Medium made a jump in its 5th season. NBC axed the show, but the folks at CBS decided to pick it up and continue the series. It’s not a huge leap, actually. CBS was already showing the similar and better Ghost Whisperer, and the series was produced by the CBS parent company, Paramount. That means that the production team pretty much stays intact and the show doesn’t really suffer any kind of transition. The same can be said for the release. The packaging and production values are pretty much identical to the previous four years.
Medium was based on a real person with alleged psychic powers who apparently has helped out various law enforcement agencies in some actual cases. If you’ve seen the series, you might find that hard to believe, and the episodes are obviously fictional adventures and not based on the real Allison Dubois’s experiences. At first glance it might be easy to lump Medium in with Ghost Whisperer or The Dead Zone. Actually there are almost no similarities to any of those shows. Allison does not gain any understanding through touching, and while she does see ghosts at times, that aspect of the show has been made to play in only a small percentage of the episodes. Allison accesses her powers through dreams. These nightmares are usually vague and often provide additional clues with each recurring dream. The formula for the show is that she must interpret these images and signs in time to do whatever it is she needs to do. Now that her secret is out, she’s not able to continue her work at the DA’s office. Joe’s career is also in jeopardy, so the show is going through some changes here. The strike likely did some damage, so we may never know exactly what was in store.
Patricia Arquette is actually very good in the role, but I have to say there’s something about her performance, or perhaps the character itself, that does wear thin after too long. There are certain mannerisms that just begin to annoy me after more than one or two episodes at a time. The DA is played marvelously by Miguel Sandoval, and fortunately for us he is given a lot more to do in this third year. David Cubitt plays Detective Lee Scanlon with a ton of levels that make him the most viewer friendly character on the show. Allison has a family that often suffers the brunt of her nightmares and work. Jake Weber plays husband Joe with an almost deadpan style that makes him always a secondary character no matter who else is in the scene. I guess part of that is intentional, as I know I’d be rather dumbfounded in his circumstances. The upside is, when he does react emotionally, it is more powerful stuff. Sofia Vasssilieva shows a tremendous amount of maturity both on camera and in her interview sound bites for a child actor. She plays Ariel, the older daughter. Maria Lark is the cute factor and specializes in making faces as Bridgette, the middle daughter. Miranda Carabello is the newcomer as the growing baby daughter in the family.
As the 5th season begins things are actually quite normal, or as close to normal as the Dubois household gets. Allison is back in the DA’s office. The public now knows what she can do, but the big press stuff has blown over. Joe is finally starting his own business, something he’s been trying to do for a couple of seasons now. The girls are growing up. Miranda Carabello and her twin sister play the youngest girl, who is finally talking. For the young actresses that means lines. There aren’t any cast shake-ups, so it gets back to business as usual for the series. Fans might actually find this to be the best of the seasons so far. There’s less over the top gimmickry, and the cast gets a chance to really carry the episodes.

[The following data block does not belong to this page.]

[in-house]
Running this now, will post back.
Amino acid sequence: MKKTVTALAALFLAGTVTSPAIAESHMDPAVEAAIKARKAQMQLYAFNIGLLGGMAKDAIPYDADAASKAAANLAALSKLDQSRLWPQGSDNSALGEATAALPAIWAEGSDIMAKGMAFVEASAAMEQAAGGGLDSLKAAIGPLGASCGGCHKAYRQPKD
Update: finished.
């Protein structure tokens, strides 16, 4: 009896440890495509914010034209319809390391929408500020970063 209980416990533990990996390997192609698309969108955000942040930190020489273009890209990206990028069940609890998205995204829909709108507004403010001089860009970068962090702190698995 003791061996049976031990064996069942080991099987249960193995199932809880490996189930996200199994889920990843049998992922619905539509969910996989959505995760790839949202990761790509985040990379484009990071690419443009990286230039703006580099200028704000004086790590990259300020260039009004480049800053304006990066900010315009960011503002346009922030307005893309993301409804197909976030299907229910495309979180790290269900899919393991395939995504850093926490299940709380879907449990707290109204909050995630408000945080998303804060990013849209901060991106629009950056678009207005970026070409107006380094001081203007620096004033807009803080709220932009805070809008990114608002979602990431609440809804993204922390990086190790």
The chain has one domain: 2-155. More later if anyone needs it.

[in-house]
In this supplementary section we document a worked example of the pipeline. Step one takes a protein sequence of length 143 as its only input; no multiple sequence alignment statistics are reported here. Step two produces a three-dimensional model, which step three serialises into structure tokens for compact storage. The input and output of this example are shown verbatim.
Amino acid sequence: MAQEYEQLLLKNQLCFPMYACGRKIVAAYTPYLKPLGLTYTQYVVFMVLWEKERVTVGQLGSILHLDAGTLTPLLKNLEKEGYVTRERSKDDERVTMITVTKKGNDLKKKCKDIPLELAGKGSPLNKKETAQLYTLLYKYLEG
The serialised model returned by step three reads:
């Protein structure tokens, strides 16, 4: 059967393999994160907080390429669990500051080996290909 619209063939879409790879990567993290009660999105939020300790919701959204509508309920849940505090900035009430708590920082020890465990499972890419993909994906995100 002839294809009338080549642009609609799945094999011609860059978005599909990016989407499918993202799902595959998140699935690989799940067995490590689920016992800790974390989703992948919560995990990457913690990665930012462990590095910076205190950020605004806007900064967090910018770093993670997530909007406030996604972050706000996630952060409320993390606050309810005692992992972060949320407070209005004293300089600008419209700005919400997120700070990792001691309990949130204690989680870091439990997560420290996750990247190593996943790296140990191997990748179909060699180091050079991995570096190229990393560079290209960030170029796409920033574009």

Each episode of Medium is presented in a 1.78:1 aspect ratio. The picture looks every bit as good as the HD broadcasts on my satellite television system. Colors are outstanding, as is the level of detail. Black levels never fail to produce fine shadow detail. The animated episode carries incredibly bright colors. There isn’t any overt problem with compression artifact. This is always a very sweet picture presentation.
The Dolby Digital 5.1 track works very well to spread out many of the show’s claustrophobic moments. While not extremely aggressive, you get a good scence of space with the ambient channels. Dialog is clear and always placed correctly compared with what’s on the screen. Occasionally musical cues are a little louder than I’d like, but the clarity and quality is always consistent.
The episodes are spread out over a collection of 5 single-sided discs. The extras are also a little scattered, but I’ll tell you exactly where to find what. There are less extras here than in previous seasons.
Script To Screen – Apocalypse … Now: (7:56) A look at the post apocalyptic dream episode. All of the cast and crew join in to offer their insights. We get a look at some set construction and see first time director Larry Teng shoot his first episode of the series.
Curious Maria: (10:21) Maria Lark, who plays Bridget on the series, interviews several crew members. It’s an amusing bit, and Lark sure can bring the cute.
The Making Of Medium Season Five: (27:15) Cast and crew examine the season and several episodes are profiled.
Jake And Patricia Q&A: (22:59) cast members Jake Weber and Patricia Arquette joke around as Weber attempts to interview her Charlie Rose style..
The network switch really didn’t do anything that fans would notice on the DVD releases. Expect the very same things. Actually, they may be a bit better this time around. The show is very easy to join in progress this time around. After a short strike condensed season and a cancellation, “It’s nice to see you again, Mrs. Dubois”.